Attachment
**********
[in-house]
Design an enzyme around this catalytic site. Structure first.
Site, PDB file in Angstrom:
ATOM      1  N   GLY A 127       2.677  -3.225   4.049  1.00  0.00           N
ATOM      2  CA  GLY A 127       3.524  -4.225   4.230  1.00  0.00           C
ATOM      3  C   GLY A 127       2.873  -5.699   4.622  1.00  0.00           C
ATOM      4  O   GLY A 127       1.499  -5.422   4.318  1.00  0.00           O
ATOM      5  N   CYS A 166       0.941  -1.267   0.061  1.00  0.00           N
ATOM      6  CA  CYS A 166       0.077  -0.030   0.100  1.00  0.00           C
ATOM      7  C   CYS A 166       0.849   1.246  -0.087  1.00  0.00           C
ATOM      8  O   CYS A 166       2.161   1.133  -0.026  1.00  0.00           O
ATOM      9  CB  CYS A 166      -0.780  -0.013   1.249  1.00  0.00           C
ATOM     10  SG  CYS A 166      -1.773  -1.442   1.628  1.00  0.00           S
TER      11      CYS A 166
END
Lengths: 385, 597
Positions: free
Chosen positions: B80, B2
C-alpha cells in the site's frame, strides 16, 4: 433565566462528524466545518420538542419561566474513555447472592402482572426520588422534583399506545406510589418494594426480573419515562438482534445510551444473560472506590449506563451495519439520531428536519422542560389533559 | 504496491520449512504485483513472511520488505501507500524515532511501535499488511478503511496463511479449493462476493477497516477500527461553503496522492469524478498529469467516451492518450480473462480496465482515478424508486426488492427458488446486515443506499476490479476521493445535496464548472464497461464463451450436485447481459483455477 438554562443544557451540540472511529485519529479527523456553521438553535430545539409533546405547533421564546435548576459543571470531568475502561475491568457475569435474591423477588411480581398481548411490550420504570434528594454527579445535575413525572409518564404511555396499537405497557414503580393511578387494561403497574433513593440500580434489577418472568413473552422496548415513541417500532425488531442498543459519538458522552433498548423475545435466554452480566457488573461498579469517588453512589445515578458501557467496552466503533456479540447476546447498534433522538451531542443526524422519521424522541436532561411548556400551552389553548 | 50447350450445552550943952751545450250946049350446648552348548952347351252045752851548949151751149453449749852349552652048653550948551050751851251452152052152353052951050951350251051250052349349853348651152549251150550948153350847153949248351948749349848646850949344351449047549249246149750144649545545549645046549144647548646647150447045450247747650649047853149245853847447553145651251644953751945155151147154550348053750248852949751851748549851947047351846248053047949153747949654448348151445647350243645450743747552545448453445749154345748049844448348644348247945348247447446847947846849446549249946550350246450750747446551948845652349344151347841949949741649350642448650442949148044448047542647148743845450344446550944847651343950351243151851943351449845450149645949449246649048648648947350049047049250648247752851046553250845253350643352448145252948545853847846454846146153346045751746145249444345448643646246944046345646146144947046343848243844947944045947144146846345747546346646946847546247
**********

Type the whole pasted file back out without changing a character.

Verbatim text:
[in-house]
Design an enzyme around this catalytic site. Structure first.
Site, PDB file in Angstrom:
ATOM      1  N   GLY A 127       2.677  -3.225   4.049  1.00  0.00           N
ATOM      2  CA  GLY A 127       3.524  -4.225   4.230  1.00  0.00           C
ATOM      3  C   GLY A 127       2.873  -5.699   4.622  1.00  0.00           C
ATOM      4  O   GLY A 127       1.499  -5.422   4.318  1.00  0.00           O
ATOM      5  N   CYS A 166       0.941  -1.267   0.061  1.00  0.00           N
ATOM      6  CA  CYS A 166       0.077  -0.030   0.100  1.00  0.00           C
ATOM      7  C   CYS A 166       0.849   1.246  -0.087  1.00  0.00           C
ATOM      8  O   CYS A 166       2.161   1.133  -0.026  1.00  0.00           O
ATOM      9  CB  CYS A 166      -0.780  -0.013   1.249  1.00  0.00           C
ATOM     10  SG  CYS A 166      -1.773  -1.442   1.628  1.00  0.00           S
TER      11      CYS A 166
END
Lengths: 385, 597
Positions: free
Chosen positions: B80, B2
C-alpha cells in the site's frame, strides 16, 4: 433565566462528524466545518420538542419561566474513555447472592402482572426520588422534583399506545406510589418494594426480573419515562438482534445510551444473560472506590449506563451495519439520531428536519422542560389533559 | 504496491520449512504485483513472511520488505501507500524515532511501535499488511478503511496463511479449493462476493477497516477500527461553503496522492469524478498529469467516451492518450480473462480496465482515478424508486426488492427458488446486515443506499476490479476521493445535496464548472464497461464463451450436485447481459483455477 438554562443544557451540540472511529485519529479527523456553521438553535430545539409533546405547533421564546435548576459543571470531568475502561475491568457475569435474591423477588411480581398481548411490550420504570434528594454527579445535575413525572409518564404511555396499537405497557414503580393511578387494561403497574433513593440500580434489577418472568413473552422496548415513541417500532425488531442498543459519538458522552433498548423475545435466554452480566457488573461498579469517588453512589445515578458501557467496552466503533456479540447476546447498534433522538451531542443526524422519521424522541436532561411548556400551552389553548 | 50447350450445552550943952751545450250946049350446648552348548952347351252045752851548949151751149453449749852349552652048653550948551050751851251452152052152353052951050951350251051250052349349853348651152549251150550948153350847153949248351948749349848646850949344351449047549249246149750144649545545549645046549144647548646647150447045450247747650649047853149245853847447553145651251644953751945155151147154550348053750248852949751851748549851947047351846248053047949153747949654448348151445647350243645450743747552545448453445749154345748049844448348644348247945348247447446847947846849446549249946550350246450750747446551948845652349344151347841949949741649350642448650442949148044448047542647148743845450344446550944847651343950351243151851943351449845450149645949449246649048648648947350049047049250648247752851046553250845253350643352448145252948545853847846454846146153346045751746145249444345448643646246944046345646146144947046343848243844947944045947144146846345747546346646946847546247